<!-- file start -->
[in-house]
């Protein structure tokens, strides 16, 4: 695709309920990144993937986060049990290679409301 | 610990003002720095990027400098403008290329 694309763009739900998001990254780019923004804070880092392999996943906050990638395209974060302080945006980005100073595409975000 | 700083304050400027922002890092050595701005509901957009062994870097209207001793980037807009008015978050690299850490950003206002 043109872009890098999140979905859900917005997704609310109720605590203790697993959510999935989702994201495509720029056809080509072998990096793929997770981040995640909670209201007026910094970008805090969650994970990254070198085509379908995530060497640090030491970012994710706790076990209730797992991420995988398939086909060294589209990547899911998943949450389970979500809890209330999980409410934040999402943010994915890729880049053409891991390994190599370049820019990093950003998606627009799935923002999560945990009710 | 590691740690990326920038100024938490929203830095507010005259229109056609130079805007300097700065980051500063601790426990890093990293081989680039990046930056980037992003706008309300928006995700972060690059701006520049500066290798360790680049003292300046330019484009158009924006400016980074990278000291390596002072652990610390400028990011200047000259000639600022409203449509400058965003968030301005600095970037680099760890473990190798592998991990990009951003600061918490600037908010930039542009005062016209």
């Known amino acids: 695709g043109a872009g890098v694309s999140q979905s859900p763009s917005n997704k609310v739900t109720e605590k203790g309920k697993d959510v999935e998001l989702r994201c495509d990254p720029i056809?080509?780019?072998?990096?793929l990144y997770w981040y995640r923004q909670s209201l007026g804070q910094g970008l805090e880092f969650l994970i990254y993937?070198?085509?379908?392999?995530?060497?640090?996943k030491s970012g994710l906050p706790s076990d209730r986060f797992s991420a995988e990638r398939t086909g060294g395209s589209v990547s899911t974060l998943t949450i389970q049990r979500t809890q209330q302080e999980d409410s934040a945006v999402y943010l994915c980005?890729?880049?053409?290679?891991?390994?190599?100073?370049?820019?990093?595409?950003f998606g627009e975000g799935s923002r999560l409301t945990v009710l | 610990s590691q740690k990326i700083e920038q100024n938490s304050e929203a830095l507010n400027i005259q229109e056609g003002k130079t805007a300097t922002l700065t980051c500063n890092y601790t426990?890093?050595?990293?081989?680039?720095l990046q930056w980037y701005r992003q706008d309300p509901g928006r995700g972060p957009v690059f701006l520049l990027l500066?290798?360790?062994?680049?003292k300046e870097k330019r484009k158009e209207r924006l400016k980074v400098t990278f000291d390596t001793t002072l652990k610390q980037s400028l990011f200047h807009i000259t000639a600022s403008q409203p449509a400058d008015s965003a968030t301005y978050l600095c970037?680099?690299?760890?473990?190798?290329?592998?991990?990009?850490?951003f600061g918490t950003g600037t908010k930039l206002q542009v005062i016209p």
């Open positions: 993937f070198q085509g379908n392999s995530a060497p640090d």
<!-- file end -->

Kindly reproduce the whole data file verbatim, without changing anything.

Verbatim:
[in-house]
């Protein structure tokens, strides 16, 4: 695709309920990144993937986060049990290679409301 | 610990003002720095990027400098403008290329 694309763009739900998001990254780019923004804070880092392999996943906050990638395209974060302080945006980005100073595409975000 | 700083304050400027922002890092050595701005509901957009062994870097209207001793980037807009008015978050690299850490950003206002 043109872009890098999140979905859900917005997704609310109720605590203790697993959510999935989702994201495509720029056809080509072998990096793929997770981040995640909670209201007026910094970008805090969650994970990254070198085509379908995530060497640090030491970012994710706790076990209730797992991420995988398939086909060294589209990547899911998943949450389970979500809890209330999980409410934040999402943010994915890729880049053409891991390994190599370049820019990093950003998606627009799935923002999560945990009710 | 590691740690990326920038100024938490929203830095507010005259229109056609130079805007300097700065980051500063601790426990890093990293081989680039990046930056980037992003706008309300928006995700972060690059701006520049500066290798360790680049003292300046330019484009158009924006400016980074990278000291390596002072652990610390400028990011200047000259000639600022409203449509400058965003968030301005600095970037680099760890473990190798592998991990990009951003600061918490600037908010930039542009005062016209």
């Known amino acids: 695709g043109a872009g890098v694309s999140q979905s859900p763009s917005n997704k609310v739900t109720e605590k203790g309920k697993d959510v999935e998001l989702r994201c495509d990254p720029i056809?080509?780019?072998?990096?793929l990144y997770w981040y995640r923004q909670s209201l007026g804070q910094g970008l805090e880092f969650l994970i990254y993937?070198?085509?379908?392999?995530?060497?640090?996943k030491s970012g994710l906050p706790s076990d209730r986060f797992s991420a995988e990638r398939t086909g060294g395209s589209v990547s899911t974060l998943t949450i389970q049990r979500t809890q209330q302080e999980d409410s934040a945006v999402y943010l994915c980005?890729?880049?053409?290679?891991?390994?190599?100073?370049?820019?990093?595409?950003f998606g627009e975000g799935s923002r999560l409301t945990v009710l | 610990s590691q740690k990326i700083e920038q100024n938490s304050e929203a830095l507010n400027i005259q229109e056609g003002k130079t805007a300097t922002l700065t980051c500063n890092y601790t426990?890093?050595?990293?081989?680039?720095l990046q930056w980037y701005r992003q706008d309300p509901g928006r995700g972060p957009v690059f701006l520049l990027l500066?290798?360790?062994?680049?003292k300046e870097k330019r484009k158009e209207r924006l400016k980074v400098t990278f000291d390596t001793t002072l652990k610390q980037s400028l990011f200047h807009i000259t000639a600022s403008q409203p449509a400058d008015s965003a968030t301005y978050l600095c970037?680099?690299?760890?473990?190798?290329?592998?991990?990009?850490?951003f600061g918490t950003g600037t908010k930039l206002q542009v005062i016209p």
């Open positions: 993937f070198q085509g379908n392999s995530a060497p640090d």